Friday, 5 February, 2021
Title: Go, Do Likewise
by: Ps Cheng Cheung
Luke 10: 33 “But a Samaritan, as he travelled, came where the man was; and when he saw him, he took pity on him.”
We are all familiar with the parable of The Good Samaritan but many are unaware of the context. Two key verses are verses 25 and 29.
25 ” And behold, a certain legal expert stood up to test him, saying, “Teacher, what must I do so that I will inherit eternal life?”
29 ” But he, wanting to justify himself, said to Jesus, “And who is my neighbour?”
This person is “an expert in the law”, that is, Jewish religious law. He was a theologian, and represents the religious establishment. Was this the question of a sincere seeker? His intention is doubtful, but the question is crucial. ”Teacher, what must I do so that I will inherit eternal life?”
This man believes eternal life is obtained by doing a number of good deeds and compliance with the law. Salvation comes by human works. When the Lord turns the man’s question back to him, he answers by quoting from the Old Testament.
Deuteronomy 6: 5 You shall love the LORD your God with all your heart, with all your soul, and with all your strength.
Leviticus 19: 18 ..you shall love your neighbour as yourself..
Although Jesus commends his answer, he is not satisfied. Wanting to justify himself, or possibly, to see if Jesus would give him a list of rules or Do’s and Don’ts which he could measure himself against, he probes further “And who is my neighbour?”
Undoubtedly he felt the weight of the commands Love God, love your neighbour as yourself ; these were foreign to his nature as an expert in the law. Written codes and a simple set of rules like “Do not steal, do not covet, honour the Sabbath” were easier to navigate than loving one’s neighbour. If he had been honest and humble, he would have said ”I have a problem. I don’t know how to love God. Or love my neighbour as myself. I tried, but I failed. Help me”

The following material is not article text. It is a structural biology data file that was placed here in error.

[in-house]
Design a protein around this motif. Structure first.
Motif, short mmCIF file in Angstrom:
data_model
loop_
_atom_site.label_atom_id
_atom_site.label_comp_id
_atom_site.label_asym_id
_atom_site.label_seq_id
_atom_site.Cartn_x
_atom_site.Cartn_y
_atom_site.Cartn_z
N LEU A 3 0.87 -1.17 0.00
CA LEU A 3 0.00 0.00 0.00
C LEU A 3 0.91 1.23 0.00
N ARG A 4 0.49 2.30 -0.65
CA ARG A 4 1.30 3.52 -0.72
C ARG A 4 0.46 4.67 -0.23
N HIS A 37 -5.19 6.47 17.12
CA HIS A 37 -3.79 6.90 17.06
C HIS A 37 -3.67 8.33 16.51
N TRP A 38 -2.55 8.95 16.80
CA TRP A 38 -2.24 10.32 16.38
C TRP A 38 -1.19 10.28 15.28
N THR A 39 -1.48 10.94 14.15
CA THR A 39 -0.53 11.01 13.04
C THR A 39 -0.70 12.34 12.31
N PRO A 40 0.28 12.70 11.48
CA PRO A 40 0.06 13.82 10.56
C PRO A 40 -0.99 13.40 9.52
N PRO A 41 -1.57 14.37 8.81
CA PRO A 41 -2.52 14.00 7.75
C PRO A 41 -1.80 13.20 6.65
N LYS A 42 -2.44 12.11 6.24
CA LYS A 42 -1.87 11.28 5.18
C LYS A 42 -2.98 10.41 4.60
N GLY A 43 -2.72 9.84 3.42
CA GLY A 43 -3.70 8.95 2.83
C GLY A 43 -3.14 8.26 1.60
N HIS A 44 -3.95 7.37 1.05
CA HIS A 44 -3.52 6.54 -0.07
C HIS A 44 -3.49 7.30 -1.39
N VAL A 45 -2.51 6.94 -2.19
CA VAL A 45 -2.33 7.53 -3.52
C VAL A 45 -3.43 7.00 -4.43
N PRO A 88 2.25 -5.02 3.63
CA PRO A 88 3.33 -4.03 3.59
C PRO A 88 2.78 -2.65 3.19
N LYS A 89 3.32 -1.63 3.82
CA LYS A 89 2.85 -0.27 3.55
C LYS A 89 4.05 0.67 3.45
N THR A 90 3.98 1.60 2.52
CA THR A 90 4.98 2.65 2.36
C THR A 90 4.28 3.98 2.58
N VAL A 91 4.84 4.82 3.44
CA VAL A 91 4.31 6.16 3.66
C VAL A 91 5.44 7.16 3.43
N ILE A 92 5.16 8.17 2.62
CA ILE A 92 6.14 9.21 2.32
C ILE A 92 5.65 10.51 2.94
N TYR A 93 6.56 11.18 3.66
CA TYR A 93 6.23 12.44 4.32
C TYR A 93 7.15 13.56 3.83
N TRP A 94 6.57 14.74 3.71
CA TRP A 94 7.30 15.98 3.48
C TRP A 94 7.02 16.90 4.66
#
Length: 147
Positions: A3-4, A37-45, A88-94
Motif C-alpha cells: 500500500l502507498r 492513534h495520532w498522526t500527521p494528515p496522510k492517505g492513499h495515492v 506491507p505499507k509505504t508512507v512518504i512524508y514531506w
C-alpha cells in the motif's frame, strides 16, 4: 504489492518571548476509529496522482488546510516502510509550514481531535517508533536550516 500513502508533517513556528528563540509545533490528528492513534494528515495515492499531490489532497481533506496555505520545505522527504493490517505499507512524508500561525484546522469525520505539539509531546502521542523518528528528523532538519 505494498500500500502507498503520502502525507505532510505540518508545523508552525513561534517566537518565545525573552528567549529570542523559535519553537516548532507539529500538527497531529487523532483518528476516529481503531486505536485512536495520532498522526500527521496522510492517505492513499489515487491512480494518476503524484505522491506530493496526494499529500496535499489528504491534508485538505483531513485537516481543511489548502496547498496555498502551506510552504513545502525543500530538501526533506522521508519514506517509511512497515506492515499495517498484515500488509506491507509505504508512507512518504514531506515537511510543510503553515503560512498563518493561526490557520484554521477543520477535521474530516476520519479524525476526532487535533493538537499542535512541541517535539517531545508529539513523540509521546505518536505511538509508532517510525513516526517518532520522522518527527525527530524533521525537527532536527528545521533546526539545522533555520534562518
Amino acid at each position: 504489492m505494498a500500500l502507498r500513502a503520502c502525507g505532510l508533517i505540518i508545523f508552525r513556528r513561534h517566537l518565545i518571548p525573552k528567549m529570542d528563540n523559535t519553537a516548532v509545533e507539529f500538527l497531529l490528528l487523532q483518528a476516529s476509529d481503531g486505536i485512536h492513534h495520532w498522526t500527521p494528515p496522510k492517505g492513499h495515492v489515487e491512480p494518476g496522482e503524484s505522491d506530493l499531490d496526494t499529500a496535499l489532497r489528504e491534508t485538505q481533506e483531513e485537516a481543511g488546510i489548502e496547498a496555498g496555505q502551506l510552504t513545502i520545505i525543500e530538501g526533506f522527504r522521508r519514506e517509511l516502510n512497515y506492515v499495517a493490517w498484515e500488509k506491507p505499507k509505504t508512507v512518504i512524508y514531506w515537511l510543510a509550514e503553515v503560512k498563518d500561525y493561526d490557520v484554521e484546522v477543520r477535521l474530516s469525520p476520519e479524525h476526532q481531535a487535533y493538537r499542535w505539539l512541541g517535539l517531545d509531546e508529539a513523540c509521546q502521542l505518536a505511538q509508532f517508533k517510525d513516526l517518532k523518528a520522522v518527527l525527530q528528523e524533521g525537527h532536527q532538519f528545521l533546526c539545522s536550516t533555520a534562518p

Instead, he again asks defensively, ”(So) who is my neighbour, (who)??” at which point the Lord tells the parable of the good Samaritan.
We know the story well. Two men, a priest and then a Levite, saw the unfortunate victim (most certainly a Jew) of a mugging, and passed by on the other side. Why didn’t they do anything, in spite of the fact both could surmise he was near death?
For the priest, contamination would have been a hassle if the man died. The cleansing ritual would be costly and time consuming. Involvement would require a return to Jerusalem from whence he had come and the interruption of his plans. Inconvenience. Unforeseen complications. Besides, he’s a priest, not a paramedic.
For the Levite, a religious figure, his response is similar. Perhaps he feared for his own safety, that it was actually a trap or he foresaw entanglement.
Do not think these are “bad men”. They were ordinary men, like you and I. Like them, we all have our responsibilities, our duties and such situations intrude on our privacy, right? We all have our agenda pretty well mapped out day-in, day-out. We cannot afford interruptions. I͟t͟’s͟ s͟o͟ e͟a͟s͟y͟ t͟o͟ r͟a͟t͟i͟o͟n͟a͟l͟i͟z͟e͟ a͟w͟a͟y͟ e͟v͟e͟r͟y͟t͟h͟i͟n͟g͟.
We do not need to study the rest of the parable. The thing which set the Samaritan apart from the priest and Levite was his compassion. He saw the same thing the other two saw. But he felt compassion and pity for the man which the other two did not. Lack of compassion is a symptom of a deeper lack. Our (un)willingness to become involved in the needs of others is evidence of the reality of the love (or lack of love) of God in our lives. This was the wall the expert in the law could not bring himself to scale and climb over. He was stuck as long as he would not admit he needed help. H͟o͟w͟ a͟b͟o͟u͟t͟ y͟o͟u͟?
Remember the PBC sermon on social action we heard on 31 January? The main thing which struck me then was the call to o͟p͟e͟n͟ o͟u͟r͟ e͟y͟e͟s͟ to see what’s around us which we can help fix. We need to ask God to move us and convict us of the area where we naturally have a leaning towards, either corporately or individually. This is important, because in a world where compassion fatigue has reached epidemic proportions, we must recognise, in the interest of long-term sustainability, we cannot be everything to everyone or every cause. We can, though, be something to some one or some cause. So, we may then be the neighbour to the one who is beset by misfortune.
Gracious God, fill me with God’s love again. Help me turn from my selfish ways. I have become comfortable in my routine and I justify staying in that routine with flimsy reasons.
Show me who is my neighbour in dire need at this time, that I might be a genuine friend to him. In Jesus’ Name. Amen.
相反，他再次以防御的口吻问： “（那么）谁是我的邻舍？（是谁）？？” 这时，主耶稣正好在讲好撒马利亚人的比喻。